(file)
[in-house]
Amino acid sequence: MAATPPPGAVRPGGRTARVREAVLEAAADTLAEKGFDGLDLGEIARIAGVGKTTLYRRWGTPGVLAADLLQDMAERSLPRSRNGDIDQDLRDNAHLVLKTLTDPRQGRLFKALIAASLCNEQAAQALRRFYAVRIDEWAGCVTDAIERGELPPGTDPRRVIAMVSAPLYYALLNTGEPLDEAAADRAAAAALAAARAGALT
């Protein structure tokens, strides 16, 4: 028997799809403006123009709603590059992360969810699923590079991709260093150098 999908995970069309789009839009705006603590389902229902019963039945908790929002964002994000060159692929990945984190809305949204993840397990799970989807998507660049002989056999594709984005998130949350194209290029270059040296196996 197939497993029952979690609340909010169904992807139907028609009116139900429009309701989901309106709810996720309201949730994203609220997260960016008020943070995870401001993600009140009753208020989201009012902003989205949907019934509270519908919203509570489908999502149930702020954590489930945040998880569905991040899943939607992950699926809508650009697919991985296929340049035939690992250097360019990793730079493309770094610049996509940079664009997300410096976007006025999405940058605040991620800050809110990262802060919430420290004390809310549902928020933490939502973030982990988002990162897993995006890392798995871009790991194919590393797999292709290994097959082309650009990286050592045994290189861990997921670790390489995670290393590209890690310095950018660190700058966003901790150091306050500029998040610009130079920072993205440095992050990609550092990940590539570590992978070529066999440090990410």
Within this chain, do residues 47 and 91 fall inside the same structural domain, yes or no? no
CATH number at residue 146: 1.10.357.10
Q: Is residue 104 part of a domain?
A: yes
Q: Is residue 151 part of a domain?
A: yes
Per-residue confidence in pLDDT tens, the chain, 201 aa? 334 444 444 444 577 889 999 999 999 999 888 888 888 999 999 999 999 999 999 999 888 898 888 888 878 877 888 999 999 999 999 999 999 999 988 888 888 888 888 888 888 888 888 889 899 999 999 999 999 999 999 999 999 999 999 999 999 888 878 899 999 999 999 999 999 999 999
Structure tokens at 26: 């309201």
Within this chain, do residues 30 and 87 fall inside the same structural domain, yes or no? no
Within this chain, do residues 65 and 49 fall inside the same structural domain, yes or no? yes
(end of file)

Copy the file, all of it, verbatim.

[in-house]
Amino acid sequence: MAATPPPGAVRPGGRTARVREAVLEAAADTLAEKGFDGLDLGEIARIAGVGKTTLYRRWGTPGVLAADLLQDMAERSLPRSRNGDIDQDLRDNAHLVLKTLTDPRQGRLFKALIAASLCNEQAAQALRRFYAVRIDEWAGCVTDAIERGELPPGTDPRRVIAMVSAPLYYALLNTGEPLDEAAADRAAAAALAAARAGALT
């Protein structure tokens, strides 16, 4: 028997799809403006123009709603590059992360969810699923590079991709260093150098 999908995970069309789009839009705006603590389902229902019963039945908790929002964002994000060159692929990945984190809305949204993840397990799970989807998507660049002989056999594709984005998130949350194209290029270059040296196996 197939497993029952979690609340909010169904992807139907028609009116139900429009309701989901309106709810996720309201949730994203609220997260960016008020943070995870401001993600009140009753208020989201009012902003989205949907019934509270519908919203509570489908999502149930702020954590489930945040998880569905991040899943939607992950699926809508650009697919991985296929340049035939690992250097360019990793730079493309770094610049996509940079664009997300410096976007006025999405940058605040991620800050809110990262802060919430420290004390809310549902928020933490939502973030982990988002990162897993995006890392798995871009790991194919590393797999292709290994097959082309650009990286050592045994290189861990997921670790390489995670290393590209890690310095950018660190700058966003901790150091306050500029998040610009130079920072993205440095992050990609550092990940590539570590992978070529066999440090990410």
Within this chain, do residues 47 and 91 fall inside the same structural domain, yes or no? no
CATH number at residue 146: 1.10.357.10
Q: Is residue 104 part of a domain?
A: yes
Q: Is residue 151 part of a domain?
A: yes
Per-residue confidence in pLDDT tens, the chain, 201 aa? 334 444 444 444 577 889 999 999 999 999 888 888 888 999 999 999 999 999 999 999 888 898 888 888 878 877 888 999 999 999 999 999 999 999 988 888 888 888 888 888 888 888 888 889 899 999 999 999 999 999 999 999 999 999 999 999 999 888 878 899 999 999 999 999 999 999 999
Structure tokens at 26: 């309201």
Within this chain, do residues 30 and 87 fall inside the same structural domain, yes or no? no
Within this chain, do residues 65 and 49 fall inside the same structural domain, yes or no? yes